Mitigations: Exhaustive testing for roles and permission should be done. Same authentication mechanism should be implemented for mobile devices as of web application. It is recommended to authenticate a user from the server side. In case of persistent authentication feature (i.e. remember me functionality), username, password should not be stored.

 

M5-Insufficient Cryptography

This category covers all issues related to the improper implementation of cryptographic protocols in the mobile applications.

Mitigations: Must follow NIST guidelines while implementing any cryptographic algorithm and module. Also, avoid sensitive data storage in mobile devices.

M6-Insecure Authorization

This category covers issues related to authorization such as forced browsing, privilege escalation, Insecure Direct Object Reference (IDOR) vulnerabilities etc.

Mitigations: Exhaustive testing should be performed while testing roles in mobile apps. Production code should be reviewed periodically by developers.

M7-Client Code Quality

This category covers all issues (like buffer overflow) related to the bad practices followed by developers in the development of the code.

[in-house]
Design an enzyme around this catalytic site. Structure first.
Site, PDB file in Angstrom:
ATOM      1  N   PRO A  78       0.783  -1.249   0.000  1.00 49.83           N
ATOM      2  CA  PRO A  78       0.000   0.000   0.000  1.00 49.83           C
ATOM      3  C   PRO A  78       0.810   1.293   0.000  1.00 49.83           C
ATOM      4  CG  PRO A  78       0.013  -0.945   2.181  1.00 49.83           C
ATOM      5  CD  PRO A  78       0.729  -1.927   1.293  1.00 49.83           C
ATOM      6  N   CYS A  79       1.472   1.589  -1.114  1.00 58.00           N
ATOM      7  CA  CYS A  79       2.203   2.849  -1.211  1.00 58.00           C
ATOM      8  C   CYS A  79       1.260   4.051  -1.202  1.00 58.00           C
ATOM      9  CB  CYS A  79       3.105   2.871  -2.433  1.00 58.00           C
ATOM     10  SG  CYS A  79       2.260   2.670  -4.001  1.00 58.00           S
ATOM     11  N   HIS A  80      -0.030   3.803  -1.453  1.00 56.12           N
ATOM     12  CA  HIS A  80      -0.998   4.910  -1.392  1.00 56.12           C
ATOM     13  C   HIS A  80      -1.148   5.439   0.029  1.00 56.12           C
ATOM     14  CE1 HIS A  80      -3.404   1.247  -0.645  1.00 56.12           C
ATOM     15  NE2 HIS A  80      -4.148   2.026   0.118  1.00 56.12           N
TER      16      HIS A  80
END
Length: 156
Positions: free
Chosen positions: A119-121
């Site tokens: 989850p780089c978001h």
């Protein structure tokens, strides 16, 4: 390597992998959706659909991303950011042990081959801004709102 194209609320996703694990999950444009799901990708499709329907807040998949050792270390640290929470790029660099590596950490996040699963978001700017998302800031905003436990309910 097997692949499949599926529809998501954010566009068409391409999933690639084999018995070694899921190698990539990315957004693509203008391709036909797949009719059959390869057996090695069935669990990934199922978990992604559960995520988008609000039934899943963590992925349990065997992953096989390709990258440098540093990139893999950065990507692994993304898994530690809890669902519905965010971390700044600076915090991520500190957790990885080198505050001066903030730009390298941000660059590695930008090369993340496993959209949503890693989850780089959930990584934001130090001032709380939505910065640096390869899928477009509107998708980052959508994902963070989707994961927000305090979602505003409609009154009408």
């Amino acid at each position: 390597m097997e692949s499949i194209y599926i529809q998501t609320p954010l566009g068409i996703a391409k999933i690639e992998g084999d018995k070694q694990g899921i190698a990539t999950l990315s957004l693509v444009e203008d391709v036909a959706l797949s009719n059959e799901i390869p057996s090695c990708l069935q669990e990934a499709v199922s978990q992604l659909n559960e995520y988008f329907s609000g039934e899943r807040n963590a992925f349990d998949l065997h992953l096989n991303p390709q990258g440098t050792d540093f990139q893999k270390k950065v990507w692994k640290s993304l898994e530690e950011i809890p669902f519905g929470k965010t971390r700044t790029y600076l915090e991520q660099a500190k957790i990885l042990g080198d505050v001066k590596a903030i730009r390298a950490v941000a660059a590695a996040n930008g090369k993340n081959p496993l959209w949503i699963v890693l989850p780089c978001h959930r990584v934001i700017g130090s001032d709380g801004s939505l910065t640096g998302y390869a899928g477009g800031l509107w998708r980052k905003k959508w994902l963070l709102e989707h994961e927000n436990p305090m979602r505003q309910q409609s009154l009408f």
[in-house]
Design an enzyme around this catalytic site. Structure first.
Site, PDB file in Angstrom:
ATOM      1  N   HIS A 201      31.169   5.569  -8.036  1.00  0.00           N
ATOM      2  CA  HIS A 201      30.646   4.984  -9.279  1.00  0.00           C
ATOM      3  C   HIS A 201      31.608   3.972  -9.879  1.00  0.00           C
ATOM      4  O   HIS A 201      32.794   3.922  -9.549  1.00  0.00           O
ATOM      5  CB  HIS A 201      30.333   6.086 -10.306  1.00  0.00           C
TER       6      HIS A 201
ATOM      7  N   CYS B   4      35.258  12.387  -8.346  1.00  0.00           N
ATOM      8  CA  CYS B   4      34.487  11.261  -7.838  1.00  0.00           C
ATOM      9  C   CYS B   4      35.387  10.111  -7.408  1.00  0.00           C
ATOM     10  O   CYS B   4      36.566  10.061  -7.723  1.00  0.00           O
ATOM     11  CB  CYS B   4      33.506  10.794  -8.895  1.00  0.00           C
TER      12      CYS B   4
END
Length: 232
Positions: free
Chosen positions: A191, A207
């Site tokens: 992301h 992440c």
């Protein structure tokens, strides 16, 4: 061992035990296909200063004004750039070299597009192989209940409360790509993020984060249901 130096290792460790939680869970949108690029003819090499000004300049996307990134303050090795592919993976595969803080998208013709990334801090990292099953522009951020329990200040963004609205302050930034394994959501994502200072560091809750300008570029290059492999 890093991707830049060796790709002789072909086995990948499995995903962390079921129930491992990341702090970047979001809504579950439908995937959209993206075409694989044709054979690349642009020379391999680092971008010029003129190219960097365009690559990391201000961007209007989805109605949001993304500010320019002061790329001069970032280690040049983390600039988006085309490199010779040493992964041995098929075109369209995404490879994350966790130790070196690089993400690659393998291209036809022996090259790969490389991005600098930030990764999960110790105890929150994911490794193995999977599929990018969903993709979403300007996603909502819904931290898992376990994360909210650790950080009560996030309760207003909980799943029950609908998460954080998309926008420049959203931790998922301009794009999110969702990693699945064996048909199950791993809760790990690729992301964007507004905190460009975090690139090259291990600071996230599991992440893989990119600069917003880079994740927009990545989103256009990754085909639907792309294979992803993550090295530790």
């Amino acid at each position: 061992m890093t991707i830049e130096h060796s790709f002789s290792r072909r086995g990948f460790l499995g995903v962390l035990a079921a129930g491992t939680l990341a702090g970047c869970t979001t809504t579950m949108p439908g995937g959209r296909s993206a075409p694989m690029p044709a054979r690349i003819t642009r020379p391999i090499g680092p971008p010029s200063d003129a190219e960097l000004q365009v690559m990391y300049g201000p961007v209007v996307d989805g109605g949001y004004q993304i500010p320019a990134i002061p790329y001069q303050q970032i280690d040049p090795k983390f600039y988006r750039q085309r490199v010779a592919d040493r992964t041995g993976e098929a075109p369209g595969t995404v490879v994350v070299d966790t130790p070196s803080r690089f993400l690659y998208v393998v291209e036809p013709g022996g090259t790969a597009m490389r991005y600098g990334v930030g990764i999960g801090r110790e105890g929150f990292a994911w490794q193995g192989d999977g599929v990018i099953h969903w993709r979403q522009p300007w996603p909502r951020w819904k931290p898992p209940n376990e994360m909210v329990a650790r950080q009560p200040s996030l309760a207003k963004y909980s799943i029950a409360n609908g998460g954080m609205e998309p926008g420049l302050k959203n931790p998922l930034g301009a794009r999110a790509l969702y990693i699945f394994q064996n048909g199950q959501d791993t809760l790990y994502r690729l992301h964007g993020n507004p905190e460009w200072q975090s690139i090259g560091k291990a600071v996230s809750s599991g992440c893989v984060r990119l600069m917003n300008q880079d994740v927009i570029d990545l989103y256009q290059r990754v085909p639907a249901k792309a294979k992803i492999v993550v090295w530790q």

Mitigations: Use static analysis tools to identify issues in code development. Follow secure programming guidelines in the development of the code. Peer review may be an option for reviewing a code periodically.

 

M8-Code Tampering

As the name suggests, this category related to a modification of the code of mobile applications. An attacker can easily download binaries of mobile apps from the internet, hence it is easy to modify the code by doing reverse engineering and change the APIs and contents of code for monetary gain.

Mitigations: Mobile apps should be able to detect the integrity of code while running on mobile device.  Also, it should able to detect the security of the platforms such as jailbroken Apple and rooted Android devices.

M9-Reverse Engineering

This category related to extracting the information regarding the source code, libraries, algorithms, and other assets from the binaries and executables files.

Mitigations: Use obfuscation tools to obfuscate the code and try to deobfuscate code by using tools such as IDA Pro and Hopper to validate the effectiveness of obfuscation tools.

M10-Extraneous Functionality

This category related to the implementation of extra functionalities (not planned or needed) in the mobile applications by the developer. Extra functionalities include passwords left by mistake in a comment section, disabling logging mechanism etc.

Mitigations: Validate configuration settings of a mobile application, check test code in production code, logs should not contain any sensitive information etc. are some of the mitigation techniques for this category.

 

References:

  • https://www.owasp.org/index.php/Mobile_Top_10_2016-Top_10

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Disclaimer: This tutorial is for educational purpose only. Individual is solely responsible for any illegal act.